The Department of English is comprised of a number of distinct disciplines, each with its own approach to the study of the language and literature of English. This diversity of thought and method creates an environment rich in interaction and intellectual opportunity, where the exchange of ideas is both challenging and deeply rewarding.
UNM’s English Department offers a full array of creative writing workshops in poetry, fiction, and creative nonfiction. Additionally, students in the MFA program with teaching assistantships have the opportunity to teach introductory creative writing courses, providing valuable experience in the instruction of the craft. The program is designed for graduate students committed to pursuing the writing life. This three-year degree combines studio-based workshops with craft seminars and coursework in literature, teaching pedagogy, and professional writing led by world-renowned faculty.
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As one of the core subjects of the Humanities, the study of Literature occupies an important space in any liberal arts education, but scholars and professionals in increasing numbers are arguing for the importance of the Humanities in every program of study, as well. These arguments are vital to the shaping of education in the decades to come, but they are nothing new to those who work in the Humanities, who know precisely how valuable such an education can be.
The Literature program is supported by faculty in two major areas: American Literary Studies and British and Irish Literary Studies.
American Literary Studies (ALS)
American literary studies provides instruction in nineteenth and twentieth century American literature. Additionally, several of our ALS faculty specialize in Chicana/o literary and cultural studies, and Native American literature and rhetoric, generating dynamic, interdisciplinary approaches to areas such as romanticism and realism; Western, Southwestern, and regional literature; early American Indian Writings; Recovering U.S. Hispanic Literary Heritage texts; nineteenth-century American women writers and major authors; Native American rhetoric and philosophies; law and literature; film studies and critical theory; and American, Chicana/o, and Native American literary and cultural production in the age of empires and globalization.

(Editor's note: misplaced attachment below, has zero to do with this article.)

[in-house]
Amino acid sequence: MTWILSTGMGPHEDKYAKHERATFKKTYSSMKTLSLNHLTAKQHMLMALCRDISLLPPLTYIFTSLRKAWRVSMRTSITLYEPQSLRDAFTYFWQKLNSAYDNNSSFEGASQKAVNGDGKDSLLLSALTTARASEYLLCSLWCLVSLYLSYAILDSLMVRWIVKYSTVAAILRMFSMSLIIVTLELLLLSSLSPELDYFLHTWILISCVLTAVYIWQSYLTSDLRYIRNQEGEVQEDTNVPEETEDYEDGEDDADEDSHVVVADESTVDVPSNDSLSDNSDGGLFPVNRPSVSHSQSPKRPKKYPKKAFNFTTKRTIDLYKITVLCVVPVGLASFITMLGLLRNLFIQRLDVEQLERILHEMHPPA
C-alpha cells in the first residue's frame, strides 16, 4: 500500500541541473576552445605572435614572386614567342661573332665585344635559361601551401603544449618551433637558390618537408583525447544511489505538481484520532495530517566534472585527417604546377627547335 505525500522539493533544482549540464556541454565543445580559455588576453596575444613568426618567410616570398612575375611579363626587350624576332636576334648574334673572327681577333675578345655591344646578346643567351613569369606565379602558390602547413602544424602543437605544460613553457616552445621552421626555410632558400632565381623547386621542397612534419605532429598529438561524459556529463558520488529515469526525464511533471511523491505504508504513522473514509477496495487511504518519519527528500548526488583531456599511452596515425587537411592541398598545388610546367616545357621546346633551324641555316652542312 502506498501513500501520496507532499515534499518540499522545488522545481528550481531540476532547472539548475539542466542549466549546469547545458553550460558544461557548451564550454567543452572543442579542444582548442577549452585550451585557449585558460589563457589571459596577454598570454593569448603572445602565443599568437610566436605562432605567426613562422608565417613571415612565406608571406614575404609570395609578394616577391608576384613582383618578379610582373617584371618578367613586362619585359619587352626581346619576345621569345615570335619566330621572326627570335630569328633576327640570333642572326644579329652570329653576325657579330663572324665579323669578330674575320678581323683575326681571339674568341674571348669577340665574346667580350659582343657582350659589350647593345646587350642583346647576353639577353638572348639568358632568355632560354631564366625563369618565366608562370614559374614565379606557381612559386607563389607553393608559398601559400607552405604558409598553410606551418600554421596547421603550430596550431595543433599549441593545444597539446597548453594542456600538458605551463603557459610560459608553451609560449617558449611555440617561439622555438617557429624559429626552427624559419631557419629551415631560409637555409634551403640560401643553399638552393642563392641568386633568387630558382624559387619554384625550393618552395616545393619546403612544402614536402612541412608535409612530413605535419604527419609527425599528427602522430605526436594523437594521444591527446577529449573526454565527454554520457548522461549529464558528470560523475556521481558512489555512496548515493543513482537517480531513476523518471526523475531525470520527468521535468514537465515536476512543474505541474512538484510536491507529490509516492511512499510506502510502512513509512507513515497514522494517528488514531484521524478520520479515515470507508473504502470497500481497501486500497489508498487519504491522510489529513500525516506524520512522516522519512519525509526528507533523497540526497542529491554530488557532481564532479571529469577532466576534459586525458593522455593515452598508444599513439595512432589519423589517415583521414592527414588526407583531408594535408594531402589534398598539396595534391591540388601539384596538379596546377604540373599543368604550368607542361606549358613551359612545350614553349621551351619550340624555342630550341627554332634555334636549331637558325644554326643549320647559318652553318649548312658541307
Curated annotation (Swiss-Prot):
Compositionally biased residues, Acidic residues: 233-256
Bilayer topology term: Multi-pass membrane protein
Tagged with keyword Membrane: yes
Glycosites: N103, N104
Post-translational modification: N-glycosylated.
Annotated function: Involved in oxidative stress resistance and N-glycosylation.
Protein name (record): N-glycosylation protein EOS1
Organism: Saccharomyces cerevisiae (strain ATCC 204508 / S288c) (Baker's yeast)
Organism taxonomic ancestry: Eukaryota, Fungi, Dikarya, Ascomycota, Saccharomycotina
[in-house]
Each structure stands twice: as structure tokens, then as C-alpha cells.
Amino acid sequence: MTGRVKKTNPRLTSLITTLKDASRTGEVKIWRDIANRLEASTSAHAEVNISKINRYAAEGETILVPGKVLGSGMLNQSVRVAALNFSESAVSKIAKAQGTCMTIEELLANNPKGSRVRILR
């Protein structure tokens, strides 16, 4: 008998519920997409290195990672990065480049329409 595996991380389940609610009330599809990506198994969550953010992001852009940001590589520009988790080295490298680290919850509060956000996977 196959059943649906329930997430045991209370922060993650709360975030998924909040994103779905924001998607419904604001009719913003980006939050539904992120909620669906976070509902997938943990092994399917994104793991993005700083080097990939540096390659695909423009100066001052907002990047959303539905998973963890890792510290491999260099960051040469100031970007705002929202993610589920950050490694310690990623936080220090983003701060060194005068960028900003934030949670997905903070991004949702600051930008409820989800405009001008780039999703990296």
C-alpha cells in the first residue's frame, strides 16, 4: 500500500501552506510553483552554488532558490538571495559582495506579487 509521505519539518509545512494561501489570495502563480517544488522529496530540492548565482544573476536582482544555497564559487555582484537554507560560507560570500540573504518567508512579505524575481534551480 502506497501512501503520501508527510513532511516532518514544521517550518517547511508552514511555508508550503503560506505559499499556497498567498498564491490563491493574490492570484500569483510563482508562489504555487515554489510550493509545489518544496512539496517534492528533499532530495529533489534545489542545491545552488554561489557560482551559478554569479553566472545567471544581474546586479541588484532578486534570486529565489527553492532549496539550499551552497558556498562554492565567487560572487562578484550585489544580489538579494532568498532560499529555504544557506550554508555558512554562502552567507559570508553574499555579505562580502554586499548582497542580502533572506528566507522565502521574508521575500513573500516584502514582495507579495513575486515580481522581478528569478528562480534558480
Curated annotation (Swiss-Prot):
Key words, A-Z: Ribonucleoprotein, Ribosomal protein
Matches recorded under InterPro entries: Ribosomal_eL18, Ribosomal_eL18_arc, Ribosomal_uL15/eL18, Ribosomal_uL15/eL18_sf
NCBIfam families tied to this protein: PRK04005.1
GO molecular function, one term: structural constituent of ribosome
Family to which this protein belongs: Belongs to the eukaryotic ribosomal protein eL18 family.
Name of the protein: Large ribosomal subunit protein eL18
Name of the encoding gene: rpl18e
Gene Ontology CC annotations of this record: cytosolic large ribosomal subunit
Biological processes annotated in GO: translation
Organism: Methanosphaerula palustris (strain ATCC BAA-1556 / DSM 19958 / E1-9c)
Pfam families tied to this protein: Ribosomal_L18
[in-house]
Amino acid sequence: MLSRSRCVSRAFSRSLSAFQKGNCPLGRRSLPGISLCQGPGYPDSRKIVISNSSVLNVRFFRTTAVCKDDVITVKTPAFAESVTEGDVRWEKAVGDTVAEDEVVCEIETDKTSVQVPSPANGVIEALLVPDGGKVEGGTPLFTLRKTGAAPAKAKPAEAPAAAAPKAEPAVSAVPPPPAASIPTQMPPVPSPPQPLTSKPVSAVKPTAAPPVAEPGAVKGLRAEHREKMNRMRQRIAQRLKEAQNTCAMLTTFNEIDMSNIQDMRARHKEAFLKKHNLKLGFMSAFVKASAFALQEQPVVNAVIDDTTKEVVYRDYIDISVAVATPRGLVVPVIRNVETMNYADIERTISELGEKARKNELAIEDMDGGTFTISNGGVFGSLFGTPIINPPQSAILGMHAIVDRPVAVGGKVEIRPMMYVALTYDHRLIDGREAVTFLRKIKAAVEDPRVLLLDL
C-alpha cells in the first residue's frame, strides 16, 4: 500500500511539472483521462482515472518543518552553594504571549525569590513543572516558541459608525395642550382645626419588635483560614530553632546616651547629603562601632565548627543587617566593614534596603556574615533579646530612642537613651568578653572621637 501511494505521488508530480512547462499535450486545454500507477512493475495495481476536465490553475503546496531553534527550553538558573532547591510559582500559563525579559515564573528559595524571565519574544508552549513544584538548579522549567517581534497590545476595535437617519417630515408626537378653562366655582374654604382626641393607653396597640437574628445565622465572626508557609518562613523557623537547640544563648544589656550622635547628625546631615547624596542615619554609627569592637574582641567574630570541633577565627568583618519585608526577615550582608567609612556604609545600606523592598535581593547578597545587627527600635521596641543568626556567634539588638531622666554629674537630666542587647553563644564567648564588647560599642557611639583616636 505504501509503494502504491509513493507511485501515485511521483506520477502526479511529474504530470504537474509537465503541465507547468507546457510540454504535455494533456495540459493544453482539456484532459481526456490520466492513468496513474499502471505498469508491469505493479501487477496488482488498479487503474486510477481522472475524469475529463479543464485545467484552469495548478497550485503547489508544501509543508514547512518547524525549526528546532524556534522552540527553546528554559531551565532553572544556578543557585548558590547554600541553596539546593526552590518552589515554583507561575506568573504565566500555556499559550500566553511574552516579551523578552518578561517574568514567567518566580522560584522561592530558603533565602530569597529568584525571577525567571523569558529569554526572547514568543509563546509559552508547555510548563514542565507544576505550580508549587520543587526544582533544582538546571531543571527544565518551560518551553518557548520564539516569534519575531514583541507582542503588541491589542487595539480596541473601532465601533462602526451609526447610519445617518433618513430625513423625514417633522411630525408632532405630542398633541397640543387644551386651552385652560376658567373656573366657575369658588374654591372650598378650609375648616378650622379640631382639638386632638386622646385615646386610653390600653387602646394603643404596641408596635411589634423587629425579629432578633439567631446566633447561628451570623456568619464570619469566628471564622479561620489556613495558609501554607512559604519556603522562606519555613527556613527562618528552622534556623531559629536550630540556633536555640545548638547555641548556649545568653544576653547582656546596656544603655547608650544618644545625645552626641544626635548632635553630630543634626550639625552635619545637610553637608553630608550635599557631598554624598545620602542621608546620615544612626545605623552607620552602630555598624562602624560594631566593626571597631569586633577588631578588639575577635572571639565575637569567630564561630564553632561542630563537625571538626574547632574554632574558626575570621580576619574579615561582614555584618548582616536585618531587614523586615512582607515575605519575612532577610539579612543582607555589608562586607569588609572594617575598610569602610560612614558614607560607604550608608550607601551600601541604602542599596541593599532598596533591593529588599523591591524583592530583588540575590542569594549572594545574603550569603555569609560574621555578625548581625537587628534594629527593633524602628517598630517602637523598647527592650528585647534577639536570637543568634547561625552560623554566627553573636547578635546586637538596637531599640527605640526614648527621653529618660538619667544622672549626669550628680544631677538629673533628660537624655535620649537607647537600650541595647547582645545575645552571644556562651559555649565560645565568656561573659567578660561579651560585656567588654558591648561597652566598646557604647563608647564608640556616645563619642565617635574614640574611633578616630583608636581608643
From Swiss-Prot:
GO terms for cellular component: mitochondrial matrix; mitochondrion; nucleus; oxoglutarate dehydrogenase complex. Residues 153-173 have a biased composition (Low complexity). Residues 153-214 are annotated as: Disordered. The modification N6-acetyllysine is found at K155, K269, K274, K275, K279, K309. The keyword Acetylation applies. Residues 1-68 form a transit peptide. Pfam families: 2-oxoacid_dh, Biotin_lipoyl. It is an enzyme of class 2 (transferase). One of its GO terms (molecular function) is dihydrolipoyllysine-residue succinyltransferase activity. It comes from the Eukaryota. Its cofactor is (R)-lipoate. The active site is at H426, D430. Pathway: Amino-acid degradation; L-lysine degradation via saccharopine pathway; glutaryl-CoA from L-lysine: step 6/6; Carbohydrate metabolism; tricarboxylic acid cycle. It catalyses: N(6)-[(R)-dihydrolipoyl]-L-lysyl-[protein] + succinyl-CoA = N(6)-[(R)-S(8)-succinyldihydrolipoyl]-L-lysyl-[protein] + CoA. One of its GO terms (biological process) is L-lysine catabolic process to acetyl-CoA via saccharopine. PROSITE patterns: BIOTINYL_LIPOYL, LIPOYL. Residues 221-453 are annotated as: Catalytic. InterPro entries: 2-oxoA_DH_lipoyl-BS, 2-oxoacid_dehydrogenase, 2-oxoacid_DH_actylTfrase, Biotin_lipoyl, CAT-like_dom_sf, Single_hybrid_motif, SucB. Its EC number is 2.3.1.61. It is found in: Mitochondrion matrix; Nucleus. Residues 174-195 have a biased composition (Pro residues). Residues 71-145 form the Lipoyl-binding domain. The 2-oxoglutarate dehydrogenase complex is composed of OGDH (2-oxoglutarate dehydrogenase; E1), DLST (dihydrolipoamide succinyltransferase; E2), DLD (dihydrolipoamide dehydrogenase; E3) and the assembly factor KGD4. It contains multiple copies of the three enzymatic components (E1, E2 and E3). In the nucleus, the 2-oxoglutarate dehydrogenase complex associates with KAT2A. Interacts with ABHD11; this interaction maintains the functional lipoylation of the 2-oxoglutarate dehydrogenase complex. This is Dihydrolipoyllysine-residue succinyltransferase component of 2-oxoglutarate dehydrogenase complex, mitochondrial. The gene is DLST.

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British and Irish Literary Studies (BILS)
British and Irish literature covers such intellectual and historical movements as the Renaissance, the Enlightenment and Romanticism, and such major writers as Chaucer, Shakespeare, Milton, Austen, Byron, the Brontës, Joyce and Woolf. This concentration offers a comprehensive set of graduate courses and advanced seminars in a range of texts and subject matter that span more than 1500 years, from Anglo-Saxon to postmodernism and postcolonialism.
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Closely related to the BILS program but significant enough to warrant its own program, Medieval Studies is a truly interdisciplinary program, giving its students an opportunity to study across the university with faculty in HIstory, Art History, Foreign Languages, and the Social Sciences. As a result, students in the Medieval Studies program receive an education defined by a wide range of perspectives.
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Rhetoric and Writing
A degree in Rhetoric and Writing prepares students for academic careers in teaching and research and for consulting positions in industry and publishing, and for careers in professional writing and post-secondary teaching. Students take courses in classical and contemporary theory, histories of rhetoric and language, prose stylistics, visual rhetoric, editing, publishing, documentation, web writing, grants and proposals, theories of teaching writing, cultural and civil rights rhetorics, public discourse, and science and medical writing.
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